Anxiety is a product of imagination. We imagine potential scenarios in which all sorts of negative things might happen. This can manifest in various types of anxiety, such as a fear of flying: imagining all they ways a plane might crash. Or a fear of heights, spiders, confined places, etc. It’s the same with the type of fear I struggled with: social anxiety.
My mind would imagine social situations, and I’d have entire conversations in my head: replaying past conversations, wishing I’d said or done something differently, trying to interpret the other person’s words and actions and what they might have thought about me. Also imagining future social interactions and what I should say to someone and how they might respond. I would do this all the time, often without even realizing it. I would ruminate, on and on, unable to stop.
Imagining conversations in your head is not necessarily a bad thing—it’s only when it’s accompanied by anxiety and rumination that it becomes a problem. That’s where cognitive behavioral therapy (CBT) and meditation come in—by helping you to recognize when you’re ruminating so then you can learn to stop.
People who suffer the most from anxiety tend to be those with the most vivid imaginations, such as artists and creatives. For me, when I would have those imaginary conversations in my head, they would seem so real, like a movie playing in my head. I assumed this was normal and everyone did the same, but I later realized that wasn’t the case. I had a more active imagination than most, which made my anxiety worse, unfortunately; but a vivid imagination can be put to good use: creating art.
I was always interested in artistic things like photography, drawing, music, and movies. But I was never any good at drawing or painting, or making my own art. I never really learned how to foster my imagination and artistic creativity as a child. At my school, all everyone cared about was sports. I always felt like I was an artist at heart, but I had yet to find my medium—that was until I discovered creative writing.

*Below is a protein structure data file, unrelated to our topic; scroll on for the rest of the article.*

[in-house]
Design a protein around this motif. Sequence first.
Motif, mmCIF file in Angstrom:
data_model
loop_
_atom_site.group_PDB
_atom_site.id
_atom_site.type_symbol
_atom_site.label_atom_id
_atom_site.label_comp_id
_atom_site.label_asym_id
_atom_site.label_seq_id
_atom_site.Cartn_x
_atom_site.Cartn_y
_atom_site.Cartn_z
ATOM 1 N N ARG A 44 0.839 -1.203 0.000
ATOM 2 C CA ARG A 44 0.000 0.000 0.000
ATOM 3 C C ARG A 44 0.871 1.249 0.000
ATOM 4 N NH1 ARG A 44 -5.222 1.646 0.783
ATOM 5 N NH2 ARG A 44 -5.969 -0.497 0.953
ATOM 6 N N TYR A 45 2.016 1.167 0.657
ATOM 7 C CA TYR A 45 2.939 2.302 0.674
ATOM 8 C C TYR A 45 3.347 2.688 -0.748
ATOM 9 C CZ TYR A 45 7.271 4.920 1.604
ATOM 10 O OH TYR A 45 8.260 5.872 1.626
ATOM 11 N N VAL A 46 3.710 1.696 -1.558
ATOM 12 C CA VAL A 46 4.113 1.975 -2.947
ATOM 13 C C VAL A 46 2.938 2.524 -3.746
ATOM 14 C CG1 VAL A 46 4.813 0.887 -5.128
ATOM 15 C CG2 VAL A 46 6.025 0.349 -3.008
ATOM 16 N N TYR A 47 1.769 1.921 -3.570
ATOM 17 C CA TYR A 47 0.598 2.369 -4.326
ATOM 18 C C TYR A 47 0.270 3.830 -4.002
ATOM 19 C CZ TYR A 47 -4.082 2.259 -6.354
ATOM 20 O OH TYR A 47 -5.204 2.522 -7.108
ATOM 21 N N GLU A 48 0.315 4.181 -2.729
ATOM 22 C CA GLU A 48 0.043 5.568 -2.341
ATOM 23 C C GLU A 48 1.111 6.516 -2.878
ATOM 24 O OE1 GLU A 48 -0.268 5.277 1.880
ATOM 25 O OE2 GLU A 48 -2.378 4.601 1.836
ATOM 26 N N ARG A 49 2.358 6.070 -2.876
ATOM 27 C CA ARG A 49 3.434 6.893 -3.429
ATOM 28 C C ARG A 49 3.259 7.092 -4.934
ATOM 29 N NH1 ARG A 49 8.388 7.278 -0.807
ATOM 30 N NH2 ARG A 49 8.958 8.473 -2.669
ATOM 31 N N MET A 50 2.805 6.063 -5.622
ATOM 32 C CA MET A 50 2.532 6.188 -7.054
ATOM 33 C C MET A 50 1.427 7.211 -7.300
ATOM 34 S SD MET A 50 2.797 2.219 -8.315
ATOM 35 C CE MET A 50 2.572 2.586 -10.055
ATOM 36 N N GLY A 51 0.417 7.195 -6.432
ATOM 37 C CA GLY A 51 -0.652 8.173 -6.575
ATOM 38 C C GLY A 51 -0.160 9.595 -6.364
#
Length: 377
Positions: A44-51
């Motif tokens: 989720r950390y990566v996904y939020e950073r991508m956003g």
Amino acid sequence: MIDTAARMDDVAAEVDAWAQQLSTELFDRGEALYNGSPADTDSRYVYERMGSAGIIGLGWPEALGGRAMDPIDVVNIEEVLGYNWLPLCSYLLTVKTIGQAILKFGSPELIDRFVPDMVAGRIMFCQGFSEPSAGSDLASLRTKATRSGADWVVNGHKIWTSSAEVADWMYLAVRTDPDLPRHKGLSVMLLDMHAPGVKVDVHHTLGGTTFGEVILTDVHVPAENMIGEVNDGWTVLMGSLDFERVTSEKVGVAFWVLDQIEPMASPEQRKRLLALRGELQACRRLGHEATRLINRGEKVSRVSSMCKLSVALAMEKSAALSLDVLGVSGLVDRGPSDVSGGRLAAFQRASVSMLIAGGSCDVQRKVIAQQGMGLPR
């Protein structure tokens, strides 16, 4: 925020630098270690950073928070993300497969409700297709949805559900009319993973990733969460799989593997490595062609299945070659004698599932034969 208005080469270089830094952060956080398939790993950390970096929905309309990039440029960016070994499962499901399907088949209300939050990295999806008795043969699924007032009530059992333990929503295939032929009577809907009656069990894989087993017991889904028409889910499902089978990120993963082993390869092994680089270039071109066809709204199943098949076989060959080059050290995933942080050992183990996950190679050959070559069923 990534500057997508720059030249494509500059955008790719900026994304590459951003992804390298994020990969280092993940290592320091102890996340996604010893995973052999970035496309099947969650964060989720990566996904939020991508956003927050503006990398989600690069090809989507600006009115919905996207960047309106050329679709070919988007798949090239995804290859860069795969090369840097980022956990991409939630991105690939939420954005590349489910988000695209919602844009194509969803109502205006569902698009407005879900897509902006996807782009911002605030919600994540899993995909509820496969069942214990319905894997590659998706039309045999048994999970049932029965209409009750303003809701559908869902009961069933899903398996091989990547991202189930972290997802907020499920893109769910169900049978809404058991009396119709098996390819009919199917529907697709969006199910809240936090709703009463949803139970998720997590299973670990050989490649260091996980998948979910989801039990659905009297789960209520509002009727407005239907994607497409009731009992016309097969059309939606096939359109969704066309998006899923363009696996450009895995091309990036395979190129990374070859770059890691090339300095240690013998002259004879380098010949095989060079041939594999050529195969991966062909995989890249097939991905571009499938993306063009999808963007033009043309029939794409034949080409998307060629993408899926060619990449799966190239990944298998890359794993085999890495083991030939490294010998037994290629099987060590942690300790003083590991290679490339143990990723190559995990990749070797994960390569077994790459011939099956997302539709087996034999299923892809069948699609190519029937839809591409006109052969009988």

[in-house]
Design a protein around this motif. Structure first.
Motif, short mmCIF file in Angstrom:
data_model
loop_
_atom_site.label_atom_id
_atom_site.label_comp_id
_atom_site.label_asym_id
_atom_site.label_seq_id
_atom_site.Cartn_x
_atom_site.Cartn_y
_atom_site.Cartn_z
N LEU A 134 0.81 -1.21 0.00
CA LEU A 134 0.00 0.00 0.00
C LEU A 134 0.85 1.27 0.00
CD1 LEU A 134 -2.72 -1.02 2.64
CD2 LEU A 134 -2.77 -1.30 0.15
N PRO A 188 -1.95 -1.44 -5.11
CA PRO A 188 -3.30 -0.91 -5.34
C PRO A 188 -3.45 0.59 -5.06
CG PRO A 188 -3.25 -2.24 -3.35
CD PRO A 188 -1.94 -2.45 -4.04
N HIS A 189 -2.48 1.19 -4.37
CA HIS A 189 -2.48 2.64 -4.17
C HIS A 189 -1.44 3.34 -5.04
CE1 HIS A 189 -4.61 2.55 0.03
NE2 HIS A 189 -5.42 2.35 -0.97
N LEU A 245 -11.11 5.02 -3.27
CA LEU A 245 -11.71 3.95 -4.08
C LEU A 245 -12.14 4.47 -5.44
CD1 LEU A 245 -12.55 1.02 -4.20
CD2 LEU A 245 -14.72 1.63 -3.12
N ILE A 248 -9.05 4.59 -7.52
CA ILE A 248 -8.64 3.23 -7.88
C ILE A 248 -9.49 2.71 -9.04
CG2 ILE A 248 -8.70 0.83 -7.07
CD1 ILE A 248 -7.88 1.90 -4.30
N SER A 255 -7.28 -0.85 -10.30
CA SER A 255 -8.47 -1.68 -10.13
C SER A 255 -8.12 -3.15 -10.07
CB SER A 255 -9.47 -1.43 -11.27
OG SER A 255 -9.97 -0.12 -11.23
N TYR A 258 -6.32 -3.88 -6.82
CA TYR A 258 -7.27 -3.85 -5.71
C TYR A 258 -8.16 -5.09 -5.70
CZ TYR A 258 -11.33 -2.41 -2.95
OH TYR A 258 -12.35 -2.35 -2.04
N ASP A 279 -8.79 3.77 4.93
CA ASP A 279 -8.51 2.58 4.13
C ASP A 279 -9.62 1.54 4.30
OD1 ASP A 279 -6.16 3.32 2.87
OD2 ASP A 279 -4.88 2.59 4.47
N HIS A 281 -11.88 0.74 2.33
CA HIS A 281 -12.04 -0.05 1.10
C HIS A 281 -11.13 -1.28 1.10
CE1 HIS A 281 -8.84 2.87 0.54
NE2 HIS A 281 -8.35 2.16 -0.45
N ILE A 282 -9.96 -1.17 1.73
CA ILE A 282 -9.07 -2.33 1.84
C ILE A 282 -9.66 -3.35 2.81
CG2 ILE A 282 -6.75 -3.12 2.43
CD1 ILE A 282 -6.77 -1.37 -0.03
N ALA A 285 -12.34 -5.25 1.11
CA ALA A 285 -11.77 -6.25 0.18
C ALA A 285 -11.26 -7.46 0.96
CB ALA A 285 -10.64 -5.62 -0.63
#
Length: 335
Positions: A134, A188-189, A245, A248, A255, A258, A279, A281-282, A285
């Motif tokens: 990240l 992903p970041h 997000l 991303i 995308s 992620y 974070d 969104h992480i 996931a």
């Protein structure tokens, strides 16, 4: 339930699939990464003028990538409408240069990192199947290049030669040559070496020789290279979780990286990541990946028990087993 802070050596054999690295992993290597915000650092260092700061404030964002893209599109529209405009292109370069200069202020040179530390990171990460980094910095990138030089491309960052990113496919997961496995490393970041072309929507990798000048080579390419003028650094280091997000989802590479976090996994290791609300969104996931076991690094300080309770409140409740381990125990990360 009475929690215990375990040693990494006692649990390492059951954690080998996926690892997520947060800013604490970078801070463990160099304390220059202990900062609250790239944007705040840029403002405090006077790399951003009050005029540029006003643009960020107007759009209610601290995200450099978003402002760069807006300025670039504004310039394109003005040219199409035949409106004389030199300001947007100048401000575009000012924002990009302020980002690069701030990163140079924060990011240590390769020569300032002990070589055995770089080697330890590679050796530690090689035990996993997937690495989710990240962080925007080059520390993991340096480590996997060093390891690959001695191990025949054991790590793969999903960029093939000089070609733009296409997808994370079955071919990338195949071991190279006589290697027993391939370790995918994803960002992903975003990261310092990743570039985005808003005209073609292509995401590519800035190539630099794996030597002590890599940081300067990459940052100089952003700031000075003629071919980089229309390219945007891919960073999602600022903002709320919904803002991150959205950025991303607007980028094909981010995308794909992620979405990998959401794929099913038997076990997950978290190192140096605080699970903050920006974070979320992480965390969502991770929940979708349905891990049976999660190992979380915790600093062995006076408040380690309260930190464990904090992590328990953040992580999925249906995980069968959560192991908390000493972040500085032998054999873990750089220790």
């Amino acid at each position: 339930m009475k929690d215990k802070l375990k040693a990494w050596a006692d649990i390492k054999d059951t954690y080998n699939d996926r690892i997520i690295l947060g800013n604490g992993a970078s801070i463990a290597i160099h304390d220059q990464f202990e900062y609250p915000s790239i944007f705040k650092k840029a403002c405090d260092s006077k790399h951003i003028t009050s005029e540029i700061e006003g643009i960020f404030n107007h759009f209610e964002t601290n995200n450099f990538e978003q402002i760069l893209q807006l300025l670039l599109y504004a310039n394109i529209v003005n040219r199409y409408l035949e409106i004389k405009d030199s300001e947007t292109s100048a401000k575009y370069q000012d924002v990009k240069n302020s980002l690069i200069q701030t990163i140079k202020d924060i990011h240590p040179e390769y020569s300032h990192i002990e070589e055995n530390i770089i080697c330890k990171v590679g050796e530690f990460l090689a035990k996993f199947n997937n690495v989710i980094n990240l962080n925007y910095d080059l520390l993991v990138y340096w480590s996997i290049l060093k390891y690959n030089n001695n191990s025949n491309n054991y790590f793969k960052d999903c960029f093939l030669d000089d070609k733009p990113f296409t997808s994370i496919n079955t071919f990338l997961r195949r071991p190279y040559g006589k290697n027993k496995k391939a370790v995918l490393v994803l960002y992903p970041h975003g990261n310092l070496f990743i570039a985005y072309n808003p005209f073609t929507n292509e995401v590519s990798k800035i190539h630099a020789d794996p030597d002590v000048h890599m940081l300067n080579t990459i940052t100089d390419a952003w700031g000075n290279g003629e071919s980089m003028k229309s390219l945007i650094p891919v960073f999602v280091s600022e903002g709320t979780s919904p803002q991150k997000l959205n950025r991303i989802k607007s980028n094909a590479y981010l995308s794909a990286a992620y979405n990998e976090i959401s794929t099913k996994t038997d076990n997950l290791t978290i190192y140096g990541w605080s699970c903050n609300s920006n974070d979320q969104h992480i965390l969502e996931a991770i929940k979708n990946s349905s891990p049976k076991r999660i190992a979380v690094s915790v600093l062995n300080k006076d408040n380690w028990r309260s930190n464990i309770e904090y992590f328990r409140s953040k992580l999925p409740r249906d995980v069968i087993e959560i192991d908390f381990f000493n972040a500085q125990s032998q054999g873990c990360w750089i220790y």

For whatever reason, the schools I went to and the English classes I took never assigned creative writing. I was simply never exposed to it until college when I took a screenwriting class. I instantly fell in love. Screenwriting came so naturally to me. It felt like the art form I was always searching for, combining all my talents and interests. I always loved movies, but I couldn’t act nor did I want to, but writing was something I could do.
My ability to vividly imagine conversations in my head finally came to good use. Essentially, that’s all screenwriting is: imagined conversations between people driven by a plot. Social anxiety often came from my frustration with being unable to have conversations and social interactions go in real life as I planned them in my head. I would always “mess up” or be too afraid to say something. But in screenwriting, I had complete control. I could create scenes and conversations and social interactions where the characters said and did exactly what I wanted them to.
In real life, when I imagined potential conversations and what I would say, the conversations never went as I imagined they would. But in screenwriting, whatever I imagined came to life. My characters would say and do the things I wished I could say and do myself.
I took the rumination and imagination caused by my anxiety and redirected it toward a positive use by creating art. And I never looked back. Not only was I able to exercise my anxiety through art, but I also found my life’s calling. Whether screenwriting or novels, short stories, comics, poems, or songs—the medium doesn’t quite matter—my purpose in life is writing fictional stories. As long as I can do that, I will be happy, whether or not I make any money or have any kind of critical success. Sure, I’d like to have those things, but ultimately, I write for an audience of one: myself. If you’re not creating art to fulfill yourself then you’re not creating art; you’re creating a commercial product.
I don’t know that I would say art is a “cure” for anxiety (CBT and meditation were essential), but creating art is certainly a positive way to exercise anxiety. Find a creative medium (of which there are many) and focus your imagination and anxiety toward creation and art. The process of creating could help yourself, and the creation could be shared to help others.